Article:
Link to our Facebook
Link to our Instagram

Emmure, 'Gypsy Disco,' GG Allin, and the music industry

13 March 2020 | 2:03 pm | Alex Sievers
Originally Appeared In

On 'Gypsy Disco,' Emmure wax-lyrical about what happens when you pour everything into music & get nothing back.

On 'Gypsy Disco,' Emmure wax-lyrical about the music industry & what happens when you pour everything into your art but get nothing back. 

Why do people play and pursue music? There's a wide array of answers to that broad question. For most, it's an addiction, an itch that they always need to scratch in their lives; if they don't write, perform, live and breathe music, they don't feel fulfilled. For others, it's something fun to do with their mates, to pass the time; something they fall into. And for a few, it's just a gig; something to do to get paid (if performing more lucrative musical roles, of course.) Either way, there's a host of answers for different individuals, but there's a big crossover of experiences for these people, no matter their background, in the music industry.

Don't miss a beat with our FREE daily newsletter

As a trickier question to answer would be what happens when you give your life to an industry but end up with nothing or get very little back? Emmure have their own extreme answer: 'Gyspy Disco.' As this short but sweet, dark nu-metalcore track puts it, it's about caring deeply for the music you make but making peanuts in return and losing, sacrificing, so much else. About creating nothing but a "legacy of fucking regret," ending it on your own terms when you feel that your mission is finally complete. For when you have given everything to your art and there's nothing left to do nor offer people, what else is there? As 'Gypsy Disco' spells it out: "The ultimate rock and roll sacrifice is death."

Now, if that last quote sounds familiar, there's a reason for that, as this new Emmure jam samples one specific infamous musician. If you've heard Lil Uzi Vert's 2014 EP, 'Purple Thoughtz EP, Vol. 1,' or at least that EP's intro piece of 'GG,' then you may recognize where this Emmure songs' two samples - in its intro and outro respectively - come from and who said it: the poo-slinging, racist, unfiltered punk rock dirtbag legend himself, GG Allin. ('Gypsy Disco' could also be a slight reference to GG's 'Gypsy Motherfucker.') Here's a small part of a much-larger quote that Emmure use here from the deceased, highly-insane rock musician about what kind of legacy he believed his awful music and gross antics would leave behind in the bloodstream of rock:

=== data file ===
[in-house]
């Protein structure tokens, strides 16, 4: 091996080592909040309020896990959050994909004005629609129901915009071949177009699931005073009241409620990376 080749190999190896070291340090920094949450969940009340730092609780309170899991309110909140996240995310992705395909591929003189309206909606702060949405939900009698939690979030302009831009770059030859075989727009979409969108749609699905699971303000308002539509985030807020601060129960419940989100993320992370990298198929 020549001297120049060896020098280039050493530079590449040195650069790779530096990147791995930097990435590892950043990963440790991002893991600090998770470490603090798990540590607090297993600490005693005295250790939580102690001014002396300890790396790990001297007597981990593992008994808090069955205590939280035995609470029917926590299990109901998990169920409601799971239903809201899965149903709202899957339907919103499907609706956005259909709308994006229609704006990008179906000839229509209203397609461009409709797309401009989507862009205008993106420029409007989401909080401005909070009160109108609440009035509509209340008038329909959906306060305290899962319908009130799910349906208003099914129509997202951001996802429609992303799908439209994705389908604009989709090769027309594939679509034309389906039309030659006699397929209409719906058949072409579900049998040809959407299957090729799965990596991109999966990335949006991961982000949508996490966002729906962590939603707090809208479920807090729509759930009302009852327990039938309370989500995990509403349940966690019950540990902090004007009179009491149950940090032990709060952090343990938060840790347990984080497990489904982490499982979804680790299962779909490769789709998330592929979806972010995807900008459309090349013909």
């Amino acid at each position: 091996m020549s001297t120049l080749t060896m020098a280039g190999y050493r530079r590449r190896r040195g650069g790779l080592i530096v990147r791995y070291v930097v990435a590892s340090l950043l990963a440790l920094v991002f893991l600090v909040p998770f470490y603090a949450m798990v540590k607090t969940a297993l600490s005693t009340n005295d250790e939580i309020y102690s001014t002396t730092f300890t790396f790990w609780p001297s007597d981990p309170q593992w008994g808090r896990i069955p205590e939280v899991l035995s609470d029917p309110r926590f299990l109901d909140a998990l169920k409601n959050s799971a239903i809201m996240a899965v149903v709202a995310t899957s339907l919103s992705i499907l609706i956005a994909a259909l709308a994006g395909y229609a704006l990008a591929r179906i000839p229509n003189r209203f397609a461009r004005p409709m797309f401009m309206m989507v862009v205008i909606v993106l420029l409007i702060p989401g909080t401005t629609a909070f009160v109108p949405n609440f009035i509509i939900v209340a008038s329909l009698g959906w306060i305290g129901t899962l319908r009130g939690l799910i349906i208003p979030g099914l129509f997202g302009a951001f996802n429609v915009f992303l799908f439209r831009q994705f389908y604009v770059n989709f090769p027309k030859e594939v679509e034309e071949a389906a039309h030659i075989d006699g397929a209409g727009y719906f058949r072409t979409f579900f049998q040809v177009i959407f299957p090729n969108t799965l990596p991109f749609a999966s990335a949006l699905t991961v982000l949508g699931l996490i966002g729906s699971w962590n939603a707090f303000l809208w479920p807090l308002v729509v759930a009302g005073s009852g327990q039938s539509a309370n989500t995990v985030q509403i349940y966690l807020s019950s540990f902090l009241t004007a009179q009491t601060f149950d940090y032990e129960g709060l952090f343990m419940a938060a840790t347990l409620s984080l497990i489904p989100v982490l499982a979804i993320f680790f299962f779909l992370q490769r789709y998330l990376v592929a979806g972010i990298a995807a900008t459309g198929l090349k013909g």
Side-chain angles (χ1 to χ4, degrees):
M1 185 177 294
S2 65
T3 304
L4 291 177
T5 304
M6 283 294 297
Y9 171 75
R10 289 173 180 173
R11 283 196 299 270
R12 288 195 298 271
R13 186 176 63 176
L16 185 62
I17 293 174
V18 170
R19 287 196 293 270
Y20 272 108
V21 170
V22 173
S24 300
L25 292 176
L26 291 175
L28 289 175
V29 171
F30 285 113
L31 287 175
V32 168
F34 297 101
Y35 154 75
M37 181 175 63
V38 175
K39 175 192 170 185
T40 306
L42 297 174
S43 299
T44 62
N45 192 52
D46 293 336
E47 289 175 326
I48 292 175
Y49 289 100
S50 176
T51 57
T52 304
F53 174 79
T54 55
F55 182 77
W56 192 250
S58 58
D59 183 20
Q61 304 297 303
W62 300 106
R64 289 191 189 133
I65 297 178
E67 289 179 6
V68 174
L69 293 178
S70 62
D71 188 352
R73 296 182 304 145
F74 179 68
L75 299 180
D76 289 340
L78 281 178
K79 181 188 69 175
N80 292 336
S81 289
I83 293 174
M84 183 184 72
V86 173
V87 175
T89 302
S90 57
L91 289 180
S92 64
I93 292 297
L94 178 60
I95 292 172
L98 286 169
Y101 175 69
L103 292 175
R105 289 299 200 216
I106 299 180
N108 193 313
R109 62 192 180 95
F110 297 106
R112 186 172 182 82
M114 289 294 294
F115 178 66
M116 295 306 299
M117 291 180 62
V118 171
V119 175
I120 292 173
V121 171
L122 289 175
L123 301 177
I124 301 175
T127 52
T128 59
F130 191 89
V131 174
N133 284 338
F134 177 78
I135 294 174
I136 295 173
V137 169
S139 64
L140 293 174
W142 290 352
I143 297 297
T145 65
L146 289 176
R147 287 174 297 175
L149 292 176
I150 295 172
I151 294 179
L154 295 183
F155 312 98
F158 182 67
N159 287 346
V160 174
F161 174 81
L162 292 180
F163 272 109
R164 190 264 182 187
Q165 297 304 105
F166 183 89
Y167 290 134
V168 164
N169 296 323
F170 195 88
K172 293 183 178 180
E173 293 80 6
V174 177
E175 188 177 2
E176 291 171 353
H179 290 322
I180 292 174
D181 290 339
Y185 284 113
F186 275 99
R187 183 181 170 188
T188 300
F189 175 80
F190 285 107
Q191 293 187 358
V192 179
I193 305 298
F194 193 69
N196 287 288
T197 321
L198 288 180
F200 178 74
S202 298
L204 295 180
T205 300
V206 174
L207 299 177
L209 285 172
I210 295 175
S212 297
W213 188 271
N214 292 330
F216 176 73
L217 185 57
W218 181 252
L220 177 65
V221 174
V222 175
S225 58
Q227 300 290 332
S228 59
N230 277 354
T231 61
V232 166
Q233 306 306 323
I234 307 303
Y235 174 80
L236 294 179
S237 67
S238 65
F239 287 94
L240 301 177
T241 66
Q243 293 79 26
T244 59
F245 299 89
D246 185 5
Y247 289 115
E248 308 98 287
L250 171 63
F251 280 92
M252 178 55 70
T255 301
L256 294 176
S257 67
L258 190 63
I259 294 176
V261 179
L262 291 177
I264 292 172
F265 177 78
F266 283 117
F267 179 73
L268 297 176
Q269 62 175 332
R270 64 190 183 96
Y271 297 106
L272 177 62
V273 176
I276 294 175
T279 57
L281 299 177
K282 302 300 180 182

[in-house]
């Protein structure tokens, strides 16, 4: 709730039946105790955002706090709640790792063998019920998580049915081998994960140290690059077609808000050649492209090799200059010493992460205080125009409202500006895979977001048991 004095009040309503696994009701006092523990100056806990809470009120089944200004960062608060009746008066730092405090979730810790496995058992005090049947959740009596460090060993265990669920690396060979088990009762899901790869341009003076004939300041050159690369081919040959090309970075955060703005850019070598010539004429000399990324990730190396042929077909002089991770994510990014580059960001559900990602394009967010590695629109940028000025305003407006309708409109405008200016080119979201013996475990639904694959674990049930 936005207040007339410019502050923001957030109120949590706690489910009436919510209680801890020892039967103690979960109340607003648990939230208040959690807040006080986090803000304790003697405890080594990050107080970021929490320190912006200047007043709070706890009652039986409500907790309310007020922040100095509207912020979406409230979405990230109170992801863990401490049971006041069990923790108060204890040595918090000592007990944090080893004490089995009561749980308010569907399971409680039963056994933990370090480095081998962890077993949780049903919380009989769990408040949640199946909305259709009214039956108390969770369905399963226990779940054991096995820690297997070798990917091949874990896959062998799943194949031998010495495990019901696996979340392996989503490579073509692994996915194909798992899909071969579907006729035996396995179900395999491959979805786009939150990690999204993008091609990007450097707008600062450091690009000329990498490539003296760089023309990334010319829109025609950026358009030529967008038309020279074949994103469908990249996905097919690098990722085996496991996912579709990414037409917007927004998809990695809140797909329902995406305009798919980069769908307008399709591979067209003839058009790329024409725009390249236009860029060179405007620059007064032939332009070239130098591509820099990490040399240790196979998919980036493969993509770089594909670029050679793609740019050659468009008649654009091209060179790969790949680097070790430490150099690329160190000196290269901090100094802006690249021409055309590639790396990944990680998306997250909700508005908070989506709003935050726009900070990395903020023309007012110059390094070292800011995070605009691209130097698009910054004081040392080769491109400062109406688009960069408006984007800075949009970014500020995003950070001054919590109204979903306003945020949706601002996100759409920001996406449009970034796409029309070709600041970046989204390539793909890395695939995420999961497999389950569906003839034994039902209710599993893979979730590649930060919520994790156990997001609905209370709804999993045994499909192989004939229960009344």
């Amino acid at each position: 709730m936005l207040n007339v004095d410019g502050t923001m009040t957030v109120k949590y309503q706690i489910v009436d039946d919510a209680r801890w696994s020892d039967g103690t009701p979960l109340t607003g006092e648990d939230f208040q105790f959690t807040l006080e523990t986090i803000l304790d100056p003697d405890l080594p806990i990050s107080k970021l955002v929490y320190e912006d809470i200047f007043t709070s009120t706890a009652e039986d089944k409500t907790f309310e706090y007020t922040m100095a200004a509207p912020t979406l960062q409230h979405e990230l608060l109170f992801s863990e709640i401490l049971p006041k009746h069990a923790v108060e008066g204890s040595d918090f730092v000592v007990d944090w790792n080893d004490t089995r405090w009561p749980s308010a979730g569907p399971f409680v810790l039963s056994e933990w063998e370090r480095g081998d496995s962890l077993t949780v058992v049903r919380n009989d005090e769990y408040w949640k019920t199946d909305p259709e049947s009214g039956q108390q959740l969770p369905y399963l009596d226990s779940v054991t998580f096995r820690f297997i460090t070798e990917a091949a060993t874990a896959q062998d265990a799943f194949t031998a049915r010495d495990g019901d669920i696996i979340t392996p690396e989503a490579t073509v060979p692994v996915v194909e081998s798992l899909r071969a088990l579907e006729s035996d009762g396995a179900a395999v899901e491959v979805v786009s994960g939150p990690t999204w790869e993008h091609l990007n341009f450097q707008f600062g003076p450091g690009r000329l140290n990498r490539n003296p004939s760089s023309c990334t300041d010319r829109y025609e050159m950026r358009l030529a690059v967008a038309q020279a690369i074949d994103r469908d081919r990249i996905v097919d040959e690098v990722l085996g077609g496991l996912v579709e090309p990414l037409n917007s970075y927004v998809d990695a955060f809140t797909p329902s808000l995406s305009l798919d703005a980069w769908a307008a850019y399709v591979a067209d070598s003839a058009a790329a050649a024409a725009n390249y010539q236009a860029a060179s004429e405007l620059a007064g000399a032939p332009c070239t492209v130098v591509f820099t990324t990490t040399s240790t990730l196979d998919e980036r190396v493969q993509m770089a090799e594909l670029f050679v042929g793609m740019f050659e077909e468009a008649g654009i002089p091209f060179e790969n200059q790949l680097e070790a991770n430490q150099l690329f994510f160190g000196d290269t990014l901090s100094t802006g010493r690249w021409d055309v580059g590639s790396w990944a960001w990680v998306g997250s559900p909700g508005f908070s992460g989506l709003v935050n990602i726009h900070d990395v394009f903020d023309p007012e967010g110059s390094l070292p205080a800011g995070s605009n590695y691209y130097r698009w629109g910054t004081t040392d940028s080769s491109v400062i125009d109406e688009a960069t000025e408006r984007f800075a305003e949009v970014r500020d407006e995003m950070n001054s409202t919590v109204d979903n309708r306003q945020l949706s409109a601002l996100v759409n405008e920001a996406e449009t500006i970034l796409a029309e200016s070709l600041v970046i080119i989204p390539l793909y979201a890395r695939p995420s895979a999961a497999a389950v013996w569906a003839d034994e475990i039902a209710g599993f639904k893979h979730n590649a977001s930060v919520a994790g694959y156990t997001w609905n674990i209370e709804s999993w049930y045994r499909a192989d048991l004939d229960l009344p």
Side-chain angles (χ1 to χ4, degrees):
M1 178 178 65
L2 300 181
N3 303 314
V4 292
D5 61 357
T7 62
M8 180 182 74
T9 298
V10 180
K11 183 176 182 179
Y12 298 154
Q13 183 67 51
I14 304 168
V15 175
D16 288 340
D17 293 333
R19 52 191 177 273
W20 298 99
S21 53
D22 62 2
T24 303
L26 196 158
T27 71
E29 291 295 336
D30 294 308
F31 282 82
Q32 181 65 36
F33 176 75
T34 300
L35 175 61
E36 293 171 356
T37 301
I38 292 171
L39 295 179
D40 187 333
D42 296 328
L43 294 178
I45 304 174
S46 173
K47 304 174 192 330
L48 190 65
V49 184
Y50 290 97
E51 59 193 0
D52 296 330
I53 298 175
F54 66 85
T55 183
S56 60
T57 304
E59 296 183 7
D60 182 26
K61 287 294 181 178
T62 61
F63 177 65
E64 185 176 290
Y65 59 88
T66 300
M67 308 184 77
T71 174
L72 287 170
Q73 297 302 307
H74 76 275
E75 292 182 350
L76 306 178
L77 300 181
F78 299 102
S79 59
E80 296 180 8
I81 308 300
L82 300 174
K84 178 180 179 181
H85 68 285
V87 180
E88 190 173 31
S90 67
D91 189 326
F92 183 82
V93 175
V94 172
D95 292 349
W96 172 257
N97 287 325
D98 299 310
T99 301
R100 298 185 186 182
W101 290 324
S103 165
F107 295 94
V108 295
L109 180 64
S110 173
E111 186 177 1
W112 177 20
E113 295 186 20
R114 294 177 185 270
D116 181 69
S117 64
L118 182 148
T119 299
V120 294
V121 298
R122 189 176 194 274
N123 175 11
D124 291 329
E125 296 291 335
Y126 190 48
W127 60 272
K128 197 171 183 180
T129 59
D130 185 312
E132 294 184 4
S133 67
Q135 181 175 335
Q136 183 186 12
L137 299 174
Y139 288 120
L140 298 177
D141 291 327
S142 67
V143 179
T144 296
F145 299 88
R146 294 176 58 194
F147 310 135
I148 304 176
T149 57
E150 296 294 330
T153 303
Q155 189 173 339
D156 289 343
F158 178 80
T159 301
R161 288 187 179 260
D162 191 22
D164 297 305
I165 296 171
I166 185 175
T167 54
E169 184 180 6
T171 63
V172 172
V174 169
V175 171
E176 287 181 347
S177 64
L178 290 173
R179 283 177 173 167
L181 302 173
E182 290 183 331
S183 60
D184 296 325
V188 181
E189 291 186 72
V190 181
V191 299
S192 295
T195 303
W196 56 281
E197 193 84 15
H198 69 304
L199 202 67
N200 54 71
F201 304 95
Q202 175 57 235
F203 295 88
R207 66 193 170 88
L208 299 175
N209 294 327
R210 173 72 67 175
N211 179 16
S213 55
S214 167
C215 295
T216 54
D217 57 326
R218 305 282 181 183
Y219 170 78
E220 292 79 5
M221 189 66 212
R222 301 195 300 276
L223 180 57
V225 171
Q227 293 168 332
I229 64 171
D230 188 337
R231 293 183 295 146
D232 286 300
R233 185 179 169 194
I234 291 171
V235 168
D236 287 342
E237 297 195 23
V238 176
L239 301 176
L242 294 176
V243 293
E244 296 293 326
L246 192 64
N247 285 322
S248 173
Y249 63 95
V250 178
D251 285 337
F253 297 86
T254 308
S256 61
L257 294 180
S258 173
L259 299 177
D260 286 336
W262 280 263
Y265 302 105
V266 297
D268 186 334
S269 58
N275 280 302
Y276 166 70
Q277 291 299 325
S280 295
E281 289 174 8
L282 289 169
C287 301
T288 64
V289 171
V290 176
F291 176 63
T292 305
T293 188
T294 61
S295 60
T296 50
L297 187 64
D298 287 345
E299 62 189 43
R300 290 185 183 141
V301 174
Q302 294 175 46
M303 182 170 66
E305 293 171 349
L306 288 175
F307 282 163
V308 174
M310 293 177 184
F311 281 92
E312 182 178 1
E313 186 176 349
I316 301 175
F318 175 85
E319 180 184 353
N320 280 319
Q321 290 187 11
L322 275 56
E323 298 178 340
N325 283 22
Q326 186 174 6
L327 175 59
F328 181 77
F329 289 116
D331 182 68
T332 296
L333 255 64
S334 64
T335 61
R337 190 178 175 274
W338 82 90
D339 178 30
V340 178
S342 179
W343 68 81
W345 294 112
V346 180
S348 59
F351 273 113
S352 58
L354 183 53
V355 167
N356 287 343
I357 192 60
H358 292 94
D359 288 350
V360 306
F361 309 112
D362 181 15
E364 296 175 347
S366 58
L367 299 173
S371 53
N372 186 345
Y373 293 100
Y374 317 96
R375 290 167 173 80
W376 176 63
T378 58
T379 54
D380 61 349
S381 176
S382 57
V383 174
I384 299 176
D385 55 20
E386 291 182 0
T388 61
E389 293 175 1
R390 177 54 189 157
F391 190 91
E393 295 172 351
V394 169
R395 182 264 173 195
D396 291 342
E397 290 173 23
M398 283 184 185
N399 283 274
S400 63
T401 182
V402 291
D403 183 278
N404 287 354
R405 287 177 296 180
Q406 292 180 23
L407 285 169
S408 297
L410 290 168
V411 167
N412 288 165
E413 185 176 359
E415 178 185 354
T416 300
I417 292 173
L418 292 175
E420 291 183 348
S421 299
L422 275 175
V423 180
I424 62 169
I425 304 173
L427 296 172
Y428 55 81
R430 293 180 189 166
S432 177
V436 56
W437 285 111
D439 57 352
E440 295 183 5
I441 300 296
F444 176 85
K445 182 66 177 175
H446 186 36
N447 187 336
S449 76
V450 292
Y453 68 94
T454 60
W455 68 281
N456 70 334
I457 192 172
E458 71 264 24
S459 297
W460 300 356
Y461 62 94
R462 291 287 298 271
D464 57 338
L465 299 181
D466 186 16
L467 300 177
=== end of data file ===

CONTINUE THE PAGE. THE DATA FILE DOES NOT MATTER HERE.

"...And then I can accelerate into the next life

And still leave my blood here

To be the blood of rock and roll and still be here

I'll never go away."

Eerie. Very eerie.

As for this self-loathing song, Emmure are practically the modern kings of honing low-tuned, filthy-sounding, incredibly moshable breakdowns. They've been predominantly playing that shit since 2003, so you'd sure hope that they'd be great at it by now. And that is very much the case here with 'Gypsy Disco,' as thankfully, it goes pretty damned hard. The band keeps things bouncy and heavy with some air-tight syncopated breakdowns, big-ass grooves, slicing guitar harmonics and dissonant loops, and Frankie Palmeri's signature vocal style of vehement high-pitched screaming and whiny spoken-word/rapping that really help hit the lyrics on home.

If there's one criticism to have about 'Gypsy Disco,' it's that it does feel a little like a "skit." At just two-minutes long, it leaves you wanting more. They even re-use that whirring, alarming guitar sounds as per their previous single, the gnarly 'Pigs Ear.' Still, I prefer obnoxiously-heavy bands like Emmure to keep things short as opposed to dragging things out for four minutes plus, kinda like I just did in this article.

Expect the full reveal of the next Emmure record any day now. Boogie down: